MacRumors

macrumors bot
Original poster
Apr 12, 2001
53,480
15,200



Last week we explained how you can use a simple Terminal command to insert spaces in your macOS Dock and visibly group together app icons. In this article, we're going to highlight another simple Terminal hack that turns the Dock into more of a straightforward app switcher by making it display only apps that are currently running on your Mac.

macos-dock-only-open-apps-800x450.jpg

Seeing only active apps at the bottom of your desktop can be a refreshing change if your Dock has become cluttered with various app shortcuts over time, and you can always use Spotlight (key combination Command-Space to activate) or an alternative method to launch your Mac apps.

When following the simple steps below, just bear in mind that Terminal is a powerful app, so make sure you enter the commands properly, especially if you're not familiar with it.

How to Show Only Active Apps in Your Dock

  1. Launch the Terminal app found in Applications/Utilities. (To quickly open the Utilities folder in Finder, select Go -> Utilities from the menu bar, or use the key shortcut Shift-Command-U.)
    At the Terminal prompt, type the following command and press Enter: defaults write com.apple.dock static-only -bool true; killall Dock
    recent-apps-only-dock-Terminal-command-800x121.jpg

    Your Dock will reboot in order to show only the currently running apps on your Mac in the order they were launched.
    mac-dock-only-active-apps.jpg
How to Revert the Dock Back to Its Original State

If you decide you don't like this way of using the Dock, follow the steps below to return it to its usual behavior.

  1. Launch the Terminal app again if it's not already open.
    At the Terminal prompt, type the following command and press Enter: defaults write com.apple.dock static-only -bool false; killall Dock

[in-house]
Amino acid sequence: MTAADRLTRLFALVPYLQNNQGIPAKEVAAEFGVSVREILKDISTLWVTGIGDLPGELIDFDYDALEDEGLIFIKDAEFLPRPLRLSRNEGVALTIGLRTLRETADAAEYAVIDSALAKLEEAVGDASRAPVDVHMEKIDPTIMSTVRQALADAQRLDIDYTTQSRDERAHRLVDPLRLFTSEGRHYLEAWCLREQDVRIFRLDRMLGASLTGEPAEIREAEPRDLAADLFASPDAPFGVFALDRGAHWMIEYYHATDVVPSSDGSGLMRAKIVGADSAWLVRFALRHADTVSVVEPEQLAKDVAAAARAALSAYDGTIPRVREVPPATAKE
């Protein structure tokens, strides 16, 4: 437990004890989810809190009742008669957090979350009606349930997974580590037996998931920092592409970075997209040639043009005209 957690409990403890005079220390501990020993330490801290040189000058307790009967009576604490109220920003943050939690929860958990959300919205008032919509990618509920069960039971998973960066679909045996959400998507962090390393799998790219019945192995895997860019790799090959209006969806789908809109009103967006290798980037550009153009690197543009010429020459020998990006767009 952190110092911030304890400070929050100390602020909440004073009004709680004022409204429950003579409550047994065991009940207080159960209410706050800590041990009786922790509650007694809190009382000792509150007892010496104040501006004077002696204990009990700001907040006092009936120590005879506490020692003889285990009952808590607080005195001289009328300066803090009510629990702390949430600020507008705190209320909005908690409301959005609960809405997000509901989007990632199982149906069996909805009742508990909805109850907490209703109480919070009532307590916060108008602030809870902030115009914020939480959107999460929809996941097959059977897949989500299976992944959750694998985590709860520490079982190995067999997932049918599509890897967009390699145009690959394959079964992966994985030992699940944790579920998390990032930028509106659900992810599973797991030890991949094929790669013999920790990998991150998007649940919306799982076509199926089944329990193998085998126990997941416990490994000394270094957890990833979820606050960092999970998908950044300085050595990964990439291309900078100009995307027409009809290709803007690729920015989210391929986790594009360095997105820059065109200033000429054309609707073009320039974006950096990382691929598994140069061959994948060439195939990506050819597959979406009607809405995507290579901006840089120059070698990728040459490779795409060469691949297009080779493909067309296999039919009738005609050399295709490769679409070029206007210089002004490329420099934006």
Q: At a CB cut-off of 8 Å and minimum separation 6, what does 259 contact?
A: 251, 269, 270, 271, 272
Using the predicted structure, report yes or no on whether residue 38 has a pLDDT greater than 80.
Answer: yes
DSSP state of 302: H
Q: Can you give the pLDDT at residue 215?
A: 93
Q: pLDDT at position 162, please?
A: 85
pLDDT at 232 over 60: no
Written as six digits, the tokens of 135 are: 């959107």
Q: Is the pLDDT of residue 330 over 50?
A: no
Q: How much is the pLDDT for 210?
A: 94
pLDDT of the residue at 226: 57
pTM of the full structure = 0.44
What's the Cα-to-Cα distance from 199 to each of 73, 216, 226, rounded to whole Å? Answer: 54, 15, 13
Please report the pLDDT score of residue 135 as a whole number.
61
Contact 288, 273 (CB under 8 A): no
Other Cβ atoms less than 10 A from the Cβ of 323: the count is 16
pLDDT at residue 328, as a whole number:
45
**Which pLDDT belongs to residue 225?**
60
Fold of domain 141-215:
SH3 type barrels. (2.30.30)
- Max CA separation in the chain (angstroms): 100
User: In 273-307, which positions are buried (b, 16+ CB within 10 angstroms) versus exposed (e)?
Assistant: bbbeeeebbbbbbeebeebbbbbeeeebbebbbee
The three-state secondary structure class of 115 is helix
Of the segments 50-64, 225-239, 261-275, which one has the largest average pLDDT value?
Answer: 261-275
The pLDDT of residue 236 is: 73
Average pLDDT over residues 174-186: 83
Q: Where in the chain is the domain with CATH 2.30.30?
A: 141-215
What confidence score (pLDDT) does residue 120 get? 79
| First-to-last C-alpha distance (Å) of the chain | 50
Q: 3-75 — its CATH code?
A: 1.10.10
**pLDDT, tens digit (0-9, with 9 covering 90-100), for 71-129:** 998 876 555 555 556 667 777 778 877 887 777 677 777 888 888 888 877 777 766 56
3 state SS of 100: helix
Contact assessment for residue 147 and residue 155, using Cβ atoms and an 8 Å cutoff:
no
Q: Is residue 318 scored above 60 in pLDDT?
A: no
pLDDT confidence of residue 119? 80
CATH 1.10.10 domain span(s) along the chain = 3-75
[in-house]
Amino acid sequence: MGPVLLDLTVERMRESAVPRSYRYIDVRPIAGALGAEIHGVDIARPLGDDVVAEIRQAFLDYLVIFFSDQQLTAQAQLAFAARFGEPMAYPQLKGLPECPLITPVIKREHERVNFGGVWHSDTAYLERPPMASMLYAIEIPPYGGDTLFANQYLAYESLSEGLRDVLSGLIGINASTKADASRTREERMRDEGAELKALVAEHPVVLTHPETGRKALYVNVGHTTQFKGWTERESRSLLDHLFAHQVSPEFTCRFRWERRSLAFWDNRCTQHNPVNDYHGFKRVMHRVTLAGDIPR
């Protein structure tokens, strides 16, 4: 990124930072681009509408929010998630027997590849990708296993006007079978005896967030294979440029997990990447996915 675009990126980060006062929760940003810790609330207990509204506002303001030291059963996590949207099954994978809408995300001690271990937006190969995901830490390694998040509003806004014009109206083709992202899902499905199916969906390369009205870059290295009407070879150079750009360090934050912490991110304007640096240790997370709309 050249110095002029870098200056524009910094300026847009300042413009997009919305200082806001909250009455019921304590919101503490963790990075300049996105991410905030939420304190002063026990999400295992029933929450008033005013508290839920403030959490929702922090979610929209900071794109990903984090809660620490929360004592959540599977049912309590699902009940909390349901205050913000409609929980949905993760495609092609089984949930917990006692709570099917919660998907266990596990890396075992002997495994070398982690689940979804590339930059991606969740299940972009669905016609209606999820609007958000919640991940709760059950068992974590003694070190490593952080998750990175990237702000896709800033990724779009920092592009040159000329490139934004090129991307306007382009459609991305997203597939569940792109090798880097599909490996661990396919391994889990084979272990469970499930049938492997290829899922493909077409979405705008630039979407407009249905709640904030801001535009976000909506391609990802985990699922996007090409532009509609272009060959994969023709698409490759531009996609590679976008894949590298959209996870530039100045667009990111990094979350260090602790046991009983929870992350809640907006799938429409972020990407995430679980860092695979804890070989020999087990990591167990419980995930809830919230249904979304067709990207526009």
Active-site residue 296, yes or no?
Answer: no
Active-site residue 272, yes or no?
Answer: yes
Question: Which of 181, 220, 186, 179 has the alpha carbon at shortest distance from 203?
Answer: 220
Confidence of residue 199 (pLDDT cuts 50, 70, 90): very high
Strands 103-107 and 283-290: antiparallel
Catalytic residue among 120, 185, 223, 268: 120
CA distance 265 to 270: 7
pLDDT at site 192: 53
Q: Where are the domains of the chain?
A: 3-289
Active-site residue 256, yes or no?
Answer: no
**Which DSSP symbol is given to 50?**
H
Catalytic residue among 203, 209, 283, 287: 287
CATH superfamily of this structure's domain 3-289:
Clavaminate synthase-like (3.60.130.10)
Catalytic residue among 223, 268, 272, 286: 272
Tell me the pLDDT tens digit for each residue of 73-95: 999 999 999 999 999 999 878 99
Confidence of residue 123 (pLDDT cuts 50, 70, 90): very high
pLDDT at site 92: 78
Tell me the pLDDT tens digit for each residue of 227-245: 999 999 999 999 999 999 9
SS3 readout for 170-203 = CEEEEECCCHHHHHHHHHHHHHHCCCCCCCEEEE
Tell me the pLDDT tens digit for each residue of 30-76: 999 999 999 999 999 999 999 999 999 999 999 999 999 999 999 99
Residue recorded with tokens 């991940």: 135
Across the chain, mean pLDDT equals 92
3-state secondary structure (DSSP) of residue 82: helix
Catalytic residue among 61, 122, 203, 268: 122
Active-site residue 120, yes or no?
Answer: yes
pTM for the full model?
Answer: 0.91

Your Dock will reboot and revert to showing both running and non-running apps.
If there's a specific active app that you'd like to hide from the Dock for whatever reason, there are a couple of third-party utilities that might help. Dock Dodger is a free drag-and-drop tool that can hide certain apps from the Dock even when they're running (once placed on the tool's droplet, you have to restart the app in question to hide it, although our success rate varied depending on the app). If you're willing to open your wallet, GhostTile is a more recent and reliable paid-for alternative with similar functionality.

Article Link: How to Get Your Mac's Dock to Show Running Apps Only
 

Ragnar51

macrumors member
Jun 5, 2013
48
41
Milford CT USA



Last week we explained how you can use a simple Terminal command to insert spaces in your macOS Dock and visibly group together app icons. In this article, we're going to highlight another simple Terminal hack that turns the Dock into more of a straightforward app switcher by making it display only apps that are currently running on your Mac.

macos-dock-only-open-apps-800x450.jpg

Seeing only active apps at the bottom of your desktop can be a refreshing change if your Dock has become cluttered with various app shortcuts over time, and you can always use Spotlight (key combination Command-Space to activate) or an alternative method to launch your Mac apps.

When following the simple steps below, just bear in mind that Terminal is a powerful app, so make sure you enter the commands properly, especially if you're not familiar with it.

How to Show Only Active Apps in Your Dock

  1. Launch the Terminal app found in Applications/Utilities. (To quickly open the Utilities folder in Finder, select Go -> Utilities from the menu bar, or use the key shortcut Shift-Command-U.)